CASADIO Silvio Alberto
congresos y reuniones científicas
Communities associated to Tertiary oyster reefs: changes in space and time
Puerto Madryn
Otro; Reunión Anual de la Asociación Paleontológica Argentina; 2005
Institución organizadora:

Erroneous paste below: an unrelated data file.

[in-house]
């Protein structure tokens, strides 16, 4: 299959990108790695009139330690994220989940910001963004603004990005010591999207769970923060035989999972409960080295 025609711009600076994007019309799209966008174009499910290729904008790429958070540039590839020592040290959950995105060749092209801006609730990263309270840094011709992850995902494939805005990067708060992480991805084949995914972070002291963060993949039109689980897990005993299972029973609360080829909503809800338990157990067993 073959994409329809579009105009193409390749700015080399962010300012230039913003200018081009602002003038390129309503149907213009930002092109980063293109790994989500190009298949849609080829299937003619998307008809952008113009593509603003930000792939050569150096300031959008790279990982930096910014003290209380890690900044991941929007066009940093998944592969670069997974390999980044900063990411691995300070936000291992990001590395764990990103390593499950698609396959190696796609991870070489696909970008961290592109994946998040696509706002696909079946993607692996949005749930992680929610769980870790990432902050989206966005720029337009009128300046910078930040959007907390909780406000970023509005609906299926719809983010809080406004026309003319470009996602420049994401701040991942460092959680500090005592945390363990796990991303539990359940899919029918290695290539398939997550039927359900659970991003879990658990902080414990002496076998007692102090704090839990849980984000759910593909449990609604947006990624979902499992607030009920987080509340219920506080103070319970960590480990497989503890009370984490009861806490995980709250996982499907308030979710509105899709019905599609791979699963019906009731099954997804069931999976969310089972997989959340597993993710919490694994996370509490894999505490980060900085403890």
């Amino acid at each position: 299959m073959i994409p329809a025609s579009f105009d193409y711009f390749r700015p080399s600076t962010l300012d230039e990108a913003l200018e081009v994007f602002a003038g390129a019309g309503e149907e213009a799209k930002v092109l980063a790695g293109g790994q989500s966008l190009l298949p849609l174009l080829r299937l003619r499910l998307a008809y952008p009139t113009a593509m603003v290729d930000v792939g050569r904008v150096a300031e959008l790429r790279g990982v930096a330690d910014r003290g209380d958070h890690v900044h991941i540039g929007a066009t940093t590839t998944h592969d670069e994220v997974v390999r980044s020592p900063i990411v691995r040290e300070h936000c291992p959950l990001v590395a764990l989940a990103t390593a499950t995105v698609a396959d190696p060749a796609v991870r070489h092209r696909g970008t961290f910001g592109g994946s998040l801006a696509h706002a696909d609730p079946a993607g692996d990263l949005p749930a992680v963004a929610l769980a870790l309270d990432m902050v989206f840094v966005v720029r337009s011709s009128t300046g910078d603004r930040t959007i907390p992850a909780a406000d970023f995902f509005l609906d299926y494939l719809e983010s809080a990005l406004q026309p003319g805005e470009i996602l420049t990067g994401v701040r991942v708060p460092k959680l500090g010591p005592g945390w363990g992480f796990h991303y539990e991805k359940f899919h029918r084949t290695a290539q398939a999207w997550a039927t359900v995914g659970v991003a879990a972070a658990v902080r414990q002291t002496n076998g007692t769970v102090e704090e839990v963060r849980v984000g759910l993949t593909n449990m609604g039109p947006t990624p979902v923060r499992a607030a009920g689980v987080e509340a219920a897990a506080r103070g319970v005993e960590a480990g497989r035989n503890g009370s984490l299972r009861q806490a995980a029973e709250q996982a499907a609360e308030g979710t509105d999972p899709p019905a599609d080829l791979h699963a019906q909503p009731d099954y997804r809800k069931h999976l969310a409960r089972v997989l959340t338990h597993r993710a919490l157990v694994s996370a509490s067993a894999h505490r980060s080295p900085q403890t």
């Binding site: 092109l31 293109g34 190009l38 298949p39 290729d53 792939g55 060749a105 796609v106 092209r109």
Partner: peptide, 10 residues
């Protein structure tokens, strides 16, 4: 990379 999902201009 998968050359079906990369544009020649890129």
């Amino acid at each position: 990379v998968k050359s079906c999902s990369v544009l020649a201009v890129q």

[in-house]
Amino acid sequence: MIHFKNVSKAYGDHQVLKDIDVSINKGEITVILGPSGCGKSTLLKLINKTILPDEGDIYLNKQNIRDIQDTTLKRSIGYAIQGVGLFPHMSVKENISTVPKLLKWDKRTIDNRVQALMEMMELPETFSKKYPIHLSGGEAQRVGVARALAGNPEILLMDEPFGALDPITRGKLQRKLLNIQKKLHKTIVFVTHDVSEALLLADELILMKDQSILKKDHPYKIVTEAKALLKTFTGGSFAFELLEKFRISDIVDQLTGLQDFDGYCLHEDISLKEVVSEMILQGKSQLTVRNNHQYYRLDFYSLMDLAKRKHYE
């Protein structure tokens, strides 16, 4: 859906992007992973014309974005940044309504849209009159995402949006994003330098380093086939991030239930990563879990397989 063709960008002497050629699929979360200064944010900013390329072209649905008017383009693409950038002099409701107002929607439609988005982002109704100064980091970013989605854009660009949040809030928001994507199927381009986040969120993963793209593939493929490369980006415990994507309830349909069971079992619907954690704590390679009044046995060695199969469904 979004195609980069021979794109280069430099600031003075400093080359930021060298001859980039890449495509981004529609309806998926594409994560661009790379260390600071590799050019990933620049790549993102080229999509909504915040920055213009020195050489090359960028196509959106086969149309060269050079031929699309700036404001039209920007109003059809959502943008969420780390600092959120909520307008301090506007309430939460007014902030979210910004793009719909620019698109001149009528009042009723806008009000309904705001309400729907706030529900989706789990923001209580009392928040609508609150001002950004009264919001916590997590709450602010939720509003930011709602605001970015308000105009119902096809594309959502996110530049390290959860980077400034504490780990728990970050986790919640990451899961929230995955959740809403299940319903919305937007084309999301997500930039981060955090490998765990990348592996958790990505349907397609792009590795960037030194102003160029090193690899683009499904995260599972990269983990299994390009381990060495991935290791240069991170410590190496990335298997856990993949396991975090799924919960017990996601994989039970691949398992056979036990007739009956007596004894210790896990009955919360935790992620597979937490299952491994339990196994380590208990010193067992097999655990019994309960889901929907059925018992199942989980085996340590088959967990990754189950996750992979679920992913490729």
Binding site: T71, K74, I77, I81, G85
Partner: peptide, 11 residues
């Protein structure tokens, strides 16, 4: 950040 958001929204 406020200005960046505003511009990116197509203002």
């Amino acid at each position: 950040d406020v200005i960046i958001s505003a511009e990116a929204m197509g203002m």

Oysters are amongst the most conspicuous members of the marine mollusc faunas of Argentina because of their abundance and diversity. Since the Oligocene and up to the Miocene some very large and thick-shelled taxa [i.e. Crassostrea? hatcheri (Ortmann, 1897)] – in adult specimens the left valve may weigh over 3.5 kg – built reefs in shallow shelf environments. These reefs constitute a high-diversity ecosystem and the oyster valves played an important role in the establishment of very diverse communities that used the shells as a substrate. In this study we compared the communities recorded in two different sets of oyster reefs, from widely separate areas of Patagonia, and of different ages. The first one comprised reefs of Crassostrea? hatcheri from the San Julián (late Oligocene) and Centinela (early Miocene) formations exposed in the area surrounding Puerto San Julián (49º12’S; 67º39’W) and south of Calafate (50º30’S; 72º15’W) respectively. The other one, included reefs of “Ostrea” patagonica d’Orbigny, 1842, from the Puerto Madryn Formation (late Miocene), exposed at Puerto Pirámide (42º35’48’’S; 64º15’27’’W). Presence/absence and relative abundance cluster analyses based on the taxa associated with the reefs showed differences among the three. The analyses rendered two clearly distinctive groups, i.e., from the San Julián and Centinela formations on one side, and from the Puerto Madryn Formation on the other. The difference between the two groups lies rather in the taxonomic composition of the associated fauna, than in the biodiversity observed in each of them. While in the late Oligocene and early Miocene reefs it is boring and encrusting polychaetes and the boring bivalves Hiatella sp. and Pholadidea patagonica (Philippi, 1887) that are dominant, in the late Miocene reefs the dominant taxa are barnacles, encrusting bryozoans, and the boring bivalve Lithophaga sp.